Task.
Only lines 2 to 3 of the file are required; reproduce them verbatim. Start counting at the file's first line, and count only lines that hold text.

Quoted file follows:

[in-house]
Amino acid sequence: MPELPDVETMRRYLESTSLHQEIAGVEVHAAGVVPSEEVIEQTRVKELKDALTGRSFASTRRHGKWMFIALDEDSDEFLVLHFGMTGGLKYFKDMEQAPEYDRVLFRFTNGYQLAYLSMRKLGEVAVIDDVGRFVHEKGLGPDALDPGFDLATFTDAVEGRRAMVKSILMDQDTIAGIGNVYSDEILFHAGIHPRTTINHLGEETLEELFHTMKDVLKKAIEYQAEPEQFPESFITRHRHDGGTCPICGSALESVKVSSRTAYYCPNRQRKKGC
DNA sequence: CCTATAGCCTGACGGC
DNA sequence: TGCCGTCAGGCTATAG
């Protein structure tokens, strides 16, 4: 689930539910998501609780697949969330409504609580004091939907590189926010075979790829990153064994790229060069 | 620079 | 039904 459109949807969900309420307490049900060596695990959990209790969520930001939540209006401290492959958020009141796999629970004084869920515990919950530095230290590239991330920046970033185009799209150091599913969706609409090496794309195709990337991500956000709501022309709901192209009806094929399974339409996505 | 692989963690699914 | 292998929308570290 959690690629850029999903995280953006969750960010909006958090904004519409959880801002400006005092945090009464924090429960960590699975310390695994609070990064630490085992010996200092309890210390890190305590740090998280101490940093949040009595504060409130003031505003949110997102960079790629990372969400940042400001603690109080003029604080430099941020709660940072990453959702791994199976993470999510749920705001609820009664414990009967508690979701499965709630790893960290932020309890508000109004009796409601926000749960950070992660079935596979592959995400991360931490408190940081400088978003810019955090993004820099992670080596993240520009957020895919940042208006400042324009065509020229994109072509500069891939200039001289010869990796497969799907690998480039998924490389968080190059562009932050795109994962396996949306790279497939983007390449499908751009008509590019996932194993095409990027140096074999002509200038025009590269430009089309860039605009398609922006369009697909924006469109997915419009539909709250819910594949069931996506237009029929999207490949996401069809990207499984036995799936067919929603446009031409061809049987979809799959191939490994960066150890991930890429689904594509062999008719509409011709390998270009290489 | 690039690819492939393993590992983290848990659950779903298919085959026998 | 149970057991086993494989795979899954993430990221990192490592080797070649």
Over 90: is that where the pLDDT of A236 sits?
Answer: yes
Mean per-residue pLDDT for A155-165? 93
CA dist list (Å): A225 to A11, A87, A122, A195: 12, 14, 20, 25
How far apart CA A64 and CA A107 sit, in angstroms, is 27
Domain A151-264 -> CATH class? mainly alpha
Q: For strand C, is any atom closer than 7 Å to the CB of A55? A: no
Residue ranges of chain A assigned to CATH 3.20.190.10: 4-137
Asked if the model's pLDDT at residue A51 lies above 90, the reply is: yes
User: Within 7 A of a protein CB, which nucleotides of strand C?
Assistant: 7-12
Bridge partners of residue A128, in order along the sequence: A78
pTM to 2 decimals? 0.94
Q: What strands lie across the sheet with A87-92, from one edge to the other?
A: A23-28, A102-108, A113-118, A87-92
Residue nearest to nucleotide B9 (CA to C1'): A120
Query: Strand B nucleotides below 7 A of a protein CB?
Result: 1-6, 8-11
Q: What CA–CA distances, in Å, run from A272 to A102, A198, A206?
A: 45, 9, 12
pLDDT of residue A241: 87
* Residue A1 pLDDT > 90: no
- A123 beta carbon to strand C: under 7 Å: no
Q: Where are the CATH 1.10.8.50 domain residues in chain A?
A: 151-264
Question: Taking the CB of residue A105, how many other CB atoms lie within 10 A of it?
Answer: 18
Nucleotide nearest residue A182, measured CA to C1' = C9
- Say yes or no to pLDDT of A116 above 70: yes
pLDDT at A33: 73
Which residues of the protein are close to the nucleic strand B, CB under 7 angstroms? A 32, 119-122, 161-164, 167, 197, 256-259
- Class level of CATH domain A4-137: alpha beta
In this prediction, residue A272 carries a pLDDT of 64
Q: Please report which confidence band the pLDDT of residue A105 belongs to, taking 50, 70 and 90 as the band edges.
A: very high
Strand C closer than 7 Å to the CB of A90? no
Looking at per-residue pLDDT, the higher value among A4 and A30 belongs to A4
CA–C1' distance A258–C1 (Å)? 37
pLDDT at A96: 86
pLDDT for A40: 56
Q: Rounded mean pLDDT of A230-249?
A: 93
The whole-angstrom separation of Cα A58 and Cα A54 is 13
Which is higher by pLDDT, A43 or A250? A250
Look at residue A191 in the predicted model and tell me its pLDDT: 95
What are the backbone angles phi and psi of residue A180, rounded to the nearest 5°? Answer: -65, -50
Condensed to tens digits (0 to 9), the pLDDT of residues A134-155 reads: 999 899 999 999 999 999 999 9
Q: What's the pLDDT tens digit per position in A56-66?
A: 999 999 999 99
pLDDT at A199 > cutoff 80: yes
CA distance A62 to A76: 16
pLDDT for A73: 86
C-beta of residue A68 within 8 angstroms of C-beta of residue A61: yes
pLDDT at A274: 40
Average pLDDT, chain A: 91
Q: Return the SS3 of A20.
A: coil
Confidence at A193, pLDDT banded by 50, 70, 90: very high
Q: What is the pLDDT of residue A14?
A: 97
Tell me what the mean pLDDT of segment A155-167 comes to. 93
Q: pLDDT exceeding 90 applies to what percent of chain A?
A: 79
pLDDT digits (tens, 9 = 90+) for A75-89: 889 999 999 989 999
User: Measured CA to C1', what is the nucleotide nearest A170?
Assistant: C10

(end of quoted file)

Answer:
Amino acid sequence: MPELPDVETMRRYLESTSLHQEIAGVEVHAAGVVPSEEVIEQTRVKELKDALTGRSFASTRRHGKWMFIALDEDSDEFLVLHFGMTGGLKYFKDMEQAPEYDRVLFRFTNGYQLAYLSMRKLGEVAVIDDVGRFVHEKGLGPDALDPGFDLATFTDAVEGRRAMVKSILMDQDTIAGIGNVYSDEILFHAGIHPRTTINHLGEETLEELFHTMKDVLKKAIEYQAEPEQFPESFITRHRHDGGTCPICGSALESVKVSSRTAYYCPNRQRKKGC
DNA sequence: CCTATAGCCTGACGGC